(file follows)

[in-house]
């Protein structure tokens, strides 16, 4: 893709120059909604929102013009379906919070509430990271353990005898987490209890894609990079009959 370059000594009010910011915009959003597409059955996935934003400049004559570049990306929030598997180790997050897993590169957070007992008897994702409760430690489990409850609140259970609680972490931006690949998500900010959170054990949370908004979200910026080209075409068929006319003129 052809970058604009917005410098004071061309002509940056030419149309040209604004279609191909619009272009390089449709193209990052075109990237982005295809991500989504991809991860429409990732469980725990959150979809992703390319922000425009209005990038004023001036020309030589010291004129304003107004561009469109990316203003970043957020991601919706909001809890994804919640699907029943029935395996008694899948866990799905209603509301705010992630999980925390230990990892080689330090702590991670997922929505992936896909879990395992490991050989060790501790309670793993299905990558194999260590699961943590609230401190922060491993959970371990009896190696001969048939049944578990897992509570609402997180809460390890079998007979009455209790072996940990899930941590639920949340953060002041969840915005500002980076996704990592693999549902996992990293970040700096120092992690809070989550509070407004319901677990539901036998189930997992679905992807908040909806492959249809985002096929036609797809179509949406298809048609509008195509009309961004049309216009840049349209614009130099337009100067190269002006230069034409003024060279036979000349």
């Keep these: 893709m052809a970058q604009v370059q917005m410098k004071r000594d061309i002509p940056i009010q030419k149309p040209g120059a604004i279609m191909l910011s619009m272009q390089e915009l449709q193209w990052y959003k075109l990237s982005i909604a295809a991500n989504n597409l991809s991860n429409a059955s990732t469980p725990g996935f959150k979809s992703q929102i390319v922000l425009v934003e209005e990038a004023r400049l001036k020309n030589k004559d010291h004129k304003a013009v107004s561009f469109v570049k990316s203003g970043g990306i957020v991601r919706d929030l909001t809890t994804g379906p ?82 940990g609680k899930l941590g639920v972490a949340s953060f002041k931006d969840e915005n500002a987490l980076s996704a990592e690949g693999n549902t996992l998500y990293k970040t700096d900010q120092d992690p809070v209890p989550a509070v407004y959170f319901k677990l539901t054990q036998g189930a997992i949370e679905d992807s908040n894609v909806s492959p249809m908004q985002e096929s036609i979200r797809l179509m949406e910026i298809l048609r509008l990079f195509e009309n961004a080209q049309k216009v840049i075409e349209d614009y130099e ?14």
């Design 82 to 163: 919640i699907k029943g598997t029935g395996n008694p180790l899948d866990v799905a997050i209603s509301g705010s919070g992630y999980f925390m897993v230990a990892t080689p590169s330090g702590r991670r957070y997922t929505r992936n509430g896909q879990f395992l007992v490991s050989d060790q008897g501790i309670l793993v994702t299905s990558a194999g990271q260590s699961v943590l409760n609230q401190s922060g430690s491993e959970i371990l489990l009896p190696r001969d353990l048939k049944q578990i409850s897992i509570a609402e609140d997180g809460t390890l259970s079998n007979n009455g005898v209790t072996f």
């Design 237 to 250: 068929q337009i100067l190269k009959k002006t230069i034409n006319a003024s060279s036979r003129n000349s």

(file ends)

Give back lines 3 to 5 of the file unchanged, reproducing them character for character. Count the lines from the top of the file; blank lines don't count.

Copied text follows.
């Keep these: 893709m052809a970058q604009v370059q917005m410098k004071r000594d061309i002509p940056i009010q030419k149309p040209g120059a604004i279609m191909l910011s619009m272009q390089e915009l449709q193209w990052y959003k075109l990237s982005i909604a295809a991500n989504n597409l991809s991860n429409a059955s990732t469980p725990g996935f959150k979809s992703q929102i390319v922000l425009v934003e209005e990038a004023r400049l001036k020309n030589k004559d010291h004129k304003a013009v107004s561009f469109v570049k990316s203003g970043g990306i957020v991601r919706d929030l909001t809890t994804g379906p ?82 940990g609680k899930l941590g639920v972490a949340s953060f002041k931006d969840e915005n500002a987490l980076s996704a990592e690949g693999n549902t996992l998500y990293k970040t700096d900010q120092d992690p809070v209890p989550a509070v407004y959170f319901k677990l539901t054990q036998g189930a997992i949370e679905d992807s908040n894609v909806s492959p249809m908004q985002e096929s036609i979200r797809l179509m949406e910026i298809l048609r509008l990079f195509e009309n961004a080209q049309k216009v840049i075409e349209d614009y130099e ?14």
């Design 82 to 163: 919640i699907k029943g598997t029935g395996n008694p180790l899948d866990v799905a997050i209603s509301g705010s919070g992630y999980f925390m897993v230990a990892t080689p590169s330090g702590r991670r957070y997922t929505r992936n509430g896909q879990f395992l007992v490991s050989d060790q008897g501790i309670l793993v994702t299905s990558a194999g990271q260590s699961v943590l409760n609230q401190s922060g430690s491993e959970i371990l489990l009896p190696r001969d353990l048939k049944q578990i409850s897992i509570a609402e609140d997180g809460t390890l259970s079998n007979n009455g005898v209790t072996f």
């Design 237 to 250: 068929q337009i100067l190269k009959k002006t230069i034409n006319a003024s060279s036979r003129n000349s």